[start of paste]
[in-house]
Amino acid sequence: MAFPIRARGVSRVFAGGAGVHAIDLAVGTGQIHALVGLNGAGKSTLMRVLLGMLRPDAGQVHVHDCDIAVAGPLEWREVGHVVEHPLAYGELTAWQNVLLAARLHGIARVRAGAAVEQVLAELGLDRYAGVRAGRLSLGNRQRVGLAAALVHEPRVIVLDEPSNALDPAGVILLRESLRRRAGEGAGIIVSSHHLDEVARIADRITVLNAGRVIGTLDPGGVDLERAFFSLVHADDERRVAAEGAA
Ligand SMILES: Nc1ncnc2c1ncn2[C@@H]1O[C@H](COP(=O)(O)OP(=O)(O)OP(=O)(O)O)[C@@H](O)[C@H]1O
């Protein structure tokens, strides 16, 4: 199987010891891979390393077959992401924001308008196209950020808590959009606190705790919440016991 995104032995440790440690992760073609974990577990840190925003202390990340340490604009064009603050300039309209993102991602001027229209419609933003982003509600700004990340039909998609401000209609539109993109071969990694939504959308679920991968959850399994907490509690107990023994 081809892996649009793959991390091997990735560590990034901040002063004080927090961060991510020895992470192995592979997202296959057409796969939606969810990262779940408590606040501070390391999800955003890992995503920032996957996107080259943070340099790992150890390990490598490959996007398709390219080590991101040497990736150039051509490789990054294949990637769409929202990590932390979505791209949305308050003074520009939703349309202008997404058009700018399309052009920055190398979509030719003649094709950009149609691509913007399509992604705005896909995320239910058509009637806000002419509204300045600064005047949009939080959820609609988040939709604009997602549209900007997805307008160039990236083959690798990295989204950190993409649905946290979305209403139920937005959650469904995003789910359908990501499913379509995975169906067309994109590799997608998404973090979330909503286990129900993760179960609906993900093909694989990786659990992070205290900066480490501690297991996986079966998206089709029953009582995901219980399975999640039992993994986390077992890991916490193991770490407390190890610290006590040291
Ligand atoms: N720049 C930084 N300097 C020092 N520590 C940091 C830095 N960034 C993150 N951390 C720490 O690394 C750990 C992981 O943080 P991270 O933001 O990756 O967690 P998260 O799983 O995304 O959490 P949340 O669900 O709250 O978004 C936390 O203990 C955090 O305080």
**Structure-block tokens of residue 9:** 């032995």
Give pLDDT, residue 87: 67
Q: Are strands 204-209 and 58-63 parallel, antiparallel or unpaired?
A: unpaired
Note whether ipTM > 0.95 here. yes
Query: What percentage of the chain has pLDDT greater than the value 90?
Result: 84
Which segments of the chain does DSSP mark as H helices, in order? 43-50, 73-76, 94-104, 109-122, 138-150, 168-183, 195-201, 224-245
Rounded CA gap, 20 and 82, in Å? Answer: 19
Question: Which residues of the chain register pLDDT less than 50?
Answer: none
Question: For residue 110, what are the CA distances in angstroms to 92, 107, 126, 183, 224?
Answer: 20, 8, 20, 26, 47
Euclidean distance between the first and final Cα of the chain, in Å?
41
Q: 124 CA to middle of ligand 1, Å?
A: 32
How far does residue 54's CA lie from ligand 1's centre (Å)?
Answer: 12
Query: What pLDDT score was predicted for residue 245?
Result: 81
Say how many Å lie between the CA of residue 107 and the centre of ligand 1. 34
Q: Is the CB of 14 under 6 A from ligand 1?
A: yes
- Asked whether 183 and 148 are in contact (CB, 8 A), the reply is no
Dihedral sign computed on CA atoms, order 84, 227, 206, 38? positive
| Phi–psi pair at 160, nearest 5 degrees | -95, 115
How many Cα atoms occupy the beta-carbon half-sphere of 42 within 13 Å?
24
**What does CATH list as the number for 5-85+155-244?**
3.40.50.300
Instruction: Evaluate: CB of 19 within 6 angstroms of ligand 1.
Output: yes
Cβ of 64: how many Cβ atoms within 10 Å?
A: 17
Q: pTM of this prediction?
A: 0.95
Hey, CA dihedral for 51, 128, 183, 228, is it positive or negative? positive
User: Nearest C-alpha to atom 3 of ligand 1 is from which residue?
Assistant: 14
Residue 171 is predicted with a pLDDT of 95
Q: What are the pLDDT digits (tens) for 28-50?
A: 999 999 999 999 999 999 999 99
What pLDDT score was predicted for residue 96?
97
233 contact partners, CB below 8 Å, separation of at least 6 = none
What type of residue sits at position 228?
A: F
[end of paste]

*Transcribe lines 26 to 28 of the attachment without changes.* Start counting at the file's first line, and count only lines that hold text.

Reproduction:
Result: 81
Say how many Å lie between the CA of residue 107 and the centre of ligand 1. 34
Q: Is the CB of 14 under 6 A from ligand 1?